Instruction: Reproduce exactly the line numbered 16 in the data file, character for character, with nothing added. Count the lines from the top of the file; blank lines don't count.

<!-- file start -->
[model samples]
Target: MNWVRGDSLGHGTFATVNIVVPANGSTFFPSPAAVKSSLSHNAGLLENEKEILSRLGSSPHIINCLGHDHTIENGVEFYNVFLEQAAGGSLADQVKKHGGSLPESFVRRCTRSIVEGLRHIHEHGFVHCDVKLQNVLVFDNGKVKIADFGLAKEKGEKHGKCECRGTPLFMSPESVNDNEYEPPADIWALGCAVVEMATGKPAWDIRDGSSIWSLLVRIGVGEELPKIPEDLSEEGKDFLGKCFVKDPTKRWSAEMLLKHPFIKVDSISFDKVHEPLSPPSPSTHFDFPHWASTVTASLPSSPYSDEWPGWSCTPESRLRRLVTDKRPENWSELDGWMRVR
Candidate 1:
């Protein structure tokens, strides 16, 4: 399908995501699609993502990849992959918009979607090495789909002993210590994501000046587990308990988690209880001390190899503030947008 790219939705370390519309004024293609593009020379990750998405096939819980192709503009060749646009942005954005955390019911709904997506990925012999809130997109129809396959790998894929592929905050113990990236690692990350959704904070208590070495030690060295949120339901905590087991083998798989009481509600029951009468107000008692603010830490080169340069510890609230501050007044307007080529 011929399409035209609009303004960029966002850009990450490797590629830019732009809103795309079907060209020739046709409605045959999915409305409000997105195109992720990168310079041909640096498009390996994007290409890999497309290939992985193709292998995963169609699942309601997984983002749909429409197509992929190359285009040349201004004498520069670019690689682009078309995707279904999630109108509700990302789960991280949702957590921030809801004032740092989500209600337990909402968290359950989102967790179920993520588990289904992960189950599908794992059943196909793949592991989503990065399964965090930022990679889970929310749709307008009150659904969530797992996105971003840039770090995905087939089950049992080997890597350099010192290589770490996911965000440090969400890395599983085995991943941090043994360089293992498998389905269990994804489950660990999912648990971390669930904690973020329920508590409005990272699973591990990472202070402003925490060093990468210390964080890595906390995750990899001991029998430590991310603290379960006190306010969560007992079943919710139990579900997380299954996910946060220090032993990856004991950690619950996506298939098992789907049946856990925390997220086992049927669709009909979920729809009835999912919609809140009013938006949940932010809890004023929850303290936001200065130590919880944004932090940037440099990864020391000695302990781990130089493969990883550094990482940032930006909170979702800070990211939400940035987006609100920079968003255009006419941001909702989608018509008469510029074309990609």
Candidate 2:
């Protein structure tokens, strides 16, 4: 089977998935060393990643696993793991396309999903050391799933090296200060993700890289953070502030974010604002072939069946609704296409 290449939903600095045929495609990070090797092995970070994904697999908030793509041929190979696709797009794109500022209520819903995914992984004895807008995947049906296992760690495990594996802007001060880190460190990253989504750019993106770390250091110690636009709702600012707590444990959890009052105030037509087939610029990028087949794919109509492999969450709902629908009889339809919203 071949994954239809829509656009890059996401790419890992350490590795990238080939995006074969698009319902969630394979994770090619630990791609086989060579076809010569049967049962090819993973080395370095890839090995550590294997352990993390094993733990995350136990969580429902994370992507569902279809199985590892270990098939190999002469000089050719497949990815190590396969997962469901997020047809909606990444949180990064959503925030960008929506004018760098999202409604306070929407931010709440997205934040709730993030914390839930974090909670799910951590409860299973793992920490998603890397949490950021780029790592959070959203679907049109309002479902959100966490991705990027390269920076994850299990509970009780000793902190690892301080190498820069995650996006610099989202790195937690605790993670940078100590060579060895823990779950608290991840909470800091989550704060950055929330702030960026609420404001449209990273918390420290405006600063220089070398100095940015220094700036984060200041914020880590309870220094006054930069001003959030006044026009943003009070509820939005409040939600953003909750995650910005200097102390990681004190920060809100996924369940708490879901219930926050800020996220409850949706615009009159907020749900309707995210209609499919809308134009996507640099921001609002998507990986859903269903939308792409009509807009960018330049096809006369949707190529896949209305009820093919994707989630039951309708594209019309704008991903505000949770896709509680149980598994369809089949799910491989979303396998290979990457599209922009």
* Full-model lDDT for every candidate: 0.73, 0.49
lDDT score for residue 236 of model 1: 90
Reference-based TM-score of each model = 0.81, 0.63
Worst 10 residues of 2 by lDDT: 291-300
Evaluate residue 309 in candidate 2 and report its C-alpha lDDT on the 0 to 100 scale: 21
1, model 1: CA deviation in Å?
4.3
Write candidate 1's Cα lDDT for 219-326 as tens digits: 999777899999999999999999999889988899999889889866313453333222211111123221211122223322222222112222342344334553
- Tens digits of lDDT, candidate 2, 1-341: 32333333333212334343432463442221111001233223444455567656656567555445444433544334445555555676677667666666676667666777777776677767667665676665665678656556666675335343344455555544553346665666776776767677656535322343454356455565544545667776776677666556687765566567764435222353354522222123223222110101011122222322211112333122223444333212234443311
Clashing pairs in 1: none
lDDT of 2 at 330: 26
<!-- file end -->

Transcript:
Clashing pairs in 1: none